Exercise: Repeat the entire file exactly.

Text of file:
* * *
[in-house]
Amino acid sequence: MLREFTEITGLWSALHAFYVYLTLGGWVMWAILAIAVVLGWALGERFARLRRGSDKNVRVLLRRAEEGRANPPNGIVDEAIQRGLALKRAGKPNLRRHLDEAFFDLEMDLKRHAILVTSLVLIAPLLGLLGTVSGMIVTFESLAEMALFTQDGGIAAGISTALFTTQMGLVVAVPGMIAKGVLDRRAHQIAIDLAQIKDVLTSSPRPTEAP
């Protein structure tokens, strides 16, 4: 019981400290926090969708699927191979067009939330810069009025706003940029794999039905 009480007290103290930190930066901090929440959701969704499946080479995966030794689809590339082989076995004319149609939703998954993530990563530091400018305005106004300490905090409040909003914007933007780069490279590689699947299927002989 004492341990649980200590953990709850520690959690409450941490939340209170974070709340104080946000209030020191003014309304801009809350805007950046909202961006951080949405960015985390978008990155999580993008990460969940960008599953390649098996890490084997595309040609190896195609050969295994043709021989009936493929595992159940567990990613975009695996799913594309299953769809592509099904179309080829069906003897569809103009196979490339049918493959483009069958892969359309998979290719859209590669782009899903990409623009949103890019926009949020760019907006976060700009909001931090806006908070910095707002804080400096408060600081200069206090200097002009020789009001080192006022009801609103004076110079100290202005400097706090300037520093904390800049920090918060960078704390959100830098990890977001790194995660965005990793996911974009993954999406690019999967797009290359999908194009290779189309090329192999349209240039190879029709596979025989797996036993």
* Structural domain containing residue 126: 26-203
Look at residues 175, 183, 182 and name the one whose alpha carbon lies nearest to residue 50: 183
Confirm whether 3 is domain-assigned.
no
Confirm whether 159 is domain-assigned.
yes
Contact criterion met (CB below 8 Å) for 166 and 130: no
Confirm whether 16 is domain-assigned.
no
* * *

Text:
[in-house]
Amino acid sequence: MLREFTEITGLWSALHAFYVYLTLGGWVMWAILAIAVVLGWALGERFARLRRGSDKNVRVLLRRAEEGRANPPNGIVDEAIQRGLALKRAGKPNLRRHLDEAFFDLEMDLKRHAILVTSLVLIAPLLGLLGTVSGMIVTFESLAEMALFTQDGGIAAGISTALFTTQMGLVVAVPGMIAKGVLDRRAHQIAIDLAQIKDVLTSSPRPTEAP
């Protein structure tokens, strides 16, 4: 019981400290926090969708699927191979067009939330810069009025706003940029794999039905 009480007290103290930190930066901090929440959701969704499946080479995966030794689809590339082989076995004319149609939703998954993530990563530091400018305005106004300490905090409040909003914007933007780069490279590689699947299927002989 004492341990649980200590953990709850520690959690409450941490939340209170974070709340104080946000209030020191003014309304801009809350805007950046909202961006951080949405960015985390978008990155999580993008990460969940960008599953390649098996890490084997595309040609190896195609050969295994043709021989009936493929595992159940567990990613975009695996799913594309299953769809592509099904179309080829069906003897569809103009196979490339049918493959483009069958892969359309998979290719859209590669782009899903990409623009949103890019926009949020760019907006976060700009909001931090806006908070910095707002804080400096408060600081200069206090200097002009020789009001080192006022009801609103004076110079100290202005400097706090300037520093904390800049920090918060960078704390959100830098990890977001790194995660965005990793996911974009993954999406690019999967797009290359999908194009290779189309090329192999349209240039190879029709596979025989797996036993």
* Structural domain containing residue 126: 26-203
Look at residues 175, 183, 182 and name the one whose alpha carbon lies nearest to residue 50: 183
Confirm whether 3 is domain-assigned.
no
Confirm whether 159 is domain-assigned.
yes
Contact criterion met (CB below 8 Å) for 166 and 130: no
Confirm whether 16 is domain-assigned.
no